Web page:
With Americans’ access to health care expanding because of changes in the health-care system spearheaded by the Obama administration, state and local governments hungry for revenue are creating fiscal barriers that limit nonprofit hospitals’ ability to provide needed services, a trade group for nonprofit health-care providers’ philanthropic programs says.
Some lawmakers, claiming nonprofit health-care groups and hospitals do not provide enough community benefit, have “stripped hospitals of their rightful entitlement to tax-exempt status,” says the Association for Healthcare Philanthropy.
Other lawmakers have tried to “extract funds from nonprofits by eliminating specific tax exemptions and instituting new fees and taxes,” the group says. “These actions ignore the challenges America’s health-care nonprofits face and the good they do in their communities.”
Greg Pope, chair of the association and vice president of philanthropy at Saint Thomas Health Services Foundation in Nashville, Tenn., says in a statement that nonprofit hospitals give their communities “improved access to medical care, preventative services and high-quality therapies.”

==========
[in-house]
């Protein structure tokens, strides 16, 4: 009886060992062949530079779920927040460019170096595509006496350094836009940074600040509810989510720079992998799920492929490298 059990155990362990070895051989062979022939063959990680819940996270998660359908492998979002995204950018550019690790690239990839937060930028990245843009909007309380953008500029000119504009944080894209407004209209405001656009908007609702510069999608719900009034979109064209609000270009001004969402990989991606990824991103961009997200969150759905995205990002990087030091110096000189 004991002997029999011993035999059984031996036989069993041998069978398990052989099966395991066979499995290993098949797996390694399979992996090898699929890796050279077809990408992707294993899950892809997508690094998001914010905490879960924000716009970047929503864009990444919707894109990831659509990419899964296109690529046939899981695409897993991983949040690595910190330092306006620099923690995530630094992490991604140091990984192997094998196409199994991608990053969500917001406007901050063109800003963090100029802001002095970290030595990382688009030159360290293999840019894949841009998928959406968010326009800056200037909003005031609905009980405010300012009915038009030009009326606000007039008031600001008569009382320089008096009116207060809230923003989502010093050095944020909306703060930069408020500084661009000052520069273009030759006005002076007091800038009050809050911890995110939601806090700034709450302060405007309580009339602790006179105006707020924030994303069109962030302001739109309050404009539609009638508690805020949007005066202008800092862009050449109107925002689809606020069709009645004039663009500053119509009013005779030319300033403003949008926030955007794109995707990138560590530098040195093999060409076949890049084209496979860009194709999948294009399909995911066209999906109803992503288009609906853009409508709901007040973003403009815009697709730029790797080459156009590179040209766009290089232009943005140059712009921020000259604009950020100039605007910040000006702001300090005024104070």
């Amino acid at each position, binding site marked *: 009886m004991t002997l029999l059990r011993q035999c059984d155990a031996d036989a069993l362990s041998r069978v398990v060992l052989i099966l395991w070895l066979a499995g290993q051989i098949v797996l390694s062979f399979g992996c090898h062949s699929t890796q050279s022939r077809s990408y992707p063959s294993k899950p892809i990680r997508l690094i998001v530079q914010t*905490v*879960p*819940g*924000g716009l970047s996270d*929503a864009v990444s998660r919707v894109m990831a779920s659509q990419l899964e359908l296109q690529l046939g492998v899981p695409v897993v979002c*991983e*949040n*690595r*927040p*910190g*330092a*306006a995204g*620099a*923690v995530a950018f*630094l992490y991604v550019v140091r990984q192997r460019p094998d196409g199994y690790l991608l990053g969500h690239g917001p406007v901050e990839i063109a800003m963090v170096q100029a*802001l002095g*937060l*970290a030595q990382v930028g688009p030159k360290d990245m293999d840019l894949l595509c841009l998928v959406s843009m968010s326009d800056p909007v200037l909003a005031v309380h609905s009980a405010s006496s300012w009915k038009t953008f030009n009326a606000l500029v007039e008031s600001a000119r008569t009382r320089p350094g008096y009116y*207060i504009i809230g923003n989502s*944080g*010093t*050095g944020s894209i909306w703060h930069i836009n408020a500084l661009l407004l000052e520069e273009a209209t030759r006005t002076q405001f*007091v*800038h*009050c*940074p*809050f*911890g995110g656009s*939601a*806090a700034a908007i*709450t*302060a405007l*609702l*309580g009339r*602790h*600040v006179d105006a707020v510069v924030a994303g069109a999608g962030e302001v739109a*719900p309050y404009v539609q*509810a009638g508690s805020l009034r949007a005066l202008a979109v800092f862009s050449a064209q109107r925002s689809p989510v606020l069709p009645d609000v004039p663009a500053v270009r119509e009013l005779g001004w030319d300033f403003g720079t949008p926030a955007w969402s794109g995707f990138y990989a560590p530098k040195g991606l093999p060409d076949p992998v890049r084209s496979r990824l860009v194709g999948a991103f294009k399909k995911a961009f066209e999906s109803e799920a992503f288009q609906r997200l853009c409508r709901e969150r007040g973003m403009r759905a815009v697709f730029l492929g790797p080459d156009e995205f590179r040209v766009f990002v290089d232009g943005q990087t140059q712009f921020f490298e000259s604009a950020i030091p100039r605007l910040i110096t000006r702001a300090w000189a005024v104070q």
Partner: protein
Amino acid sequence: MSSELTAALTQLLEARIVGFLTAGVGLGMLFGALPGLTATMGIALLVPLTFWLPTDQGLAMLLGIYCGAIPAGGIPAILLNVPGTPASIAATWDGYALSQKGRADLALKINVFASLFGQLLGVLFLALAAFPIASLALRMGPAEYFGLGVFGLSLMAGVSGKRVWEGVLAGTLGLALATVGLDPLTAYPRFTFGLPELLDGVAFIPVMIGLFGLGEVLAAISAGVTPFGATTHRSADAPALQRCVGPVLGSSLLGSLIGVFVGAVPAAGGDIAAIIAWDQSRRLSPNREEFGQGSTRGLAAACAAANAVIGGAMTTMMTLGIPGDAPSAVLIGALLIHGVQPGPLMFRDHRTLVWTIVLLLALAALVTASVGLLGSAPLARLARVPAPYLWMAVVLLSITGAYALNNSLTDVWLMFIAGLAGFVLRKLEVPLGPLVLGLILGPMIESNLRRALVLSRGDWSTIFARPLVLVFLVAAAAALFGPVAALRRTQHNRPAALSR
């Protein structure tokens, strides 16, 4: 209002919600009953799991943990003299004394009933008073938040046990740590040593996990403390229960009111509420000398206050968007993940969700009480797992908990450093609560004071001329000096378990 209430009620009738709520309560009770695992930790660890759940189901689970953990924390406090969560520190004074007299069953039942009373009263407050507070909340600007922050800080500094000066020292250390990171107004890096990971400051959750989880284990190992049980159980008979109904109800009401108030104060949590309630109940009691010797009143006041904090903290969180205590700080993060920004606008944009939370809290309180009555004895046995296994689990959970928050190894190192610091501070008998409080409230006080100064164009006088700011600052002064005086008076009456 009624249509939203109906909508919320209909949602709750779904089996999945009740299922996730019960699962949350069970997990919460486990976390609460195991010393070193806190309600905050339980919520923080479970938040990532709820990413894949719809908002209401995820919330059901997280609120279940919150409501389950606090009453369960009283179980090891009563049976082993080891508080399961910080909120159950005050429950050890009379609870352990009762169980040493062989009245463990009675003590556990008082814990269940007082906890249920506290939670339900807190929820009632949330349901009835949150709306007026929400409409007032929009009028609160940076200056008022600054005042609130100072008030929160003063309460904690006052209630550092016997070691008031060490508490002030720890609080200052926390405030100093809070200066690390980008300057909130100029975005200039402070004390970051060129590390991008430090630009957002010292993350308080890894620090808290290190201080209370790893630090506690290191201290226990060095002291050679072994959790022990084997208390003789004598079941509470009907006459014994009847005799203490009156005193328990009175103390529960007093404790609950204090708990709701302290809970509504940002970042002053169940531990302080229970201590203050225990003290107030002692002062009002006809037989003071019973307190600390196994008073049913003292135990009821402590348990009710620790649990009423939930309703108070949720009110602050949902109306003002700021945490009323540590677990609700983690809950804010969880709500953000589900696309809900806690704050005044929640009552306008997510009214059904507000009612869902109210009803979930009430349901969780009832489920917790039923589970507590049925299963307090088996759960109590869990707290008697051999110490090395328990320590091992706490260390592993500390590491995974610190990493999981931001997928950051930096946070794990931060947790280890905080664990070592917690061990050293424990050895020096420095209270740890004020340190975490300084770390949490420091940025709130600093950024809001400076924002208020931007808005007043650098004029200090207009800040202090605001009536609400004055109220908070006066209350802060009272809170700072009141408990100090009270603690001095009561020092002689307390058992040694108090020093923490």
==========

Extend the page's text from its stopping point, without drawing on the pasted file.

He also says nonprofit hospitals “have historically played and continue to play a key role in the finance and delivery of health care in the United States because they are bound by their missions to ‘do good’ for the benefit of the communities they serve.”
Sixty percent of all community hospitals operate as nonprofits and 23 percent are owned by state and local government, the association.
“They provide services that for-profits will not and cannot because the profit potential is inadequate,” says William C. McGinly, president and CEO of the association.
Pope says the grounds for tax-exemptions for nonprofit health organizations “range far beyond care for the indigent.”
Of $8.6 billion health-care groups raised in fiscal 2008, the association says, only 6 percent was used to support charitable care, compartd to 25 percxent to support construction and renovation; 20 percent to buy new equipment; 16 percent for general hospital operations; 12 percent for other community-benefit programs; and 5 percent for research and teaching.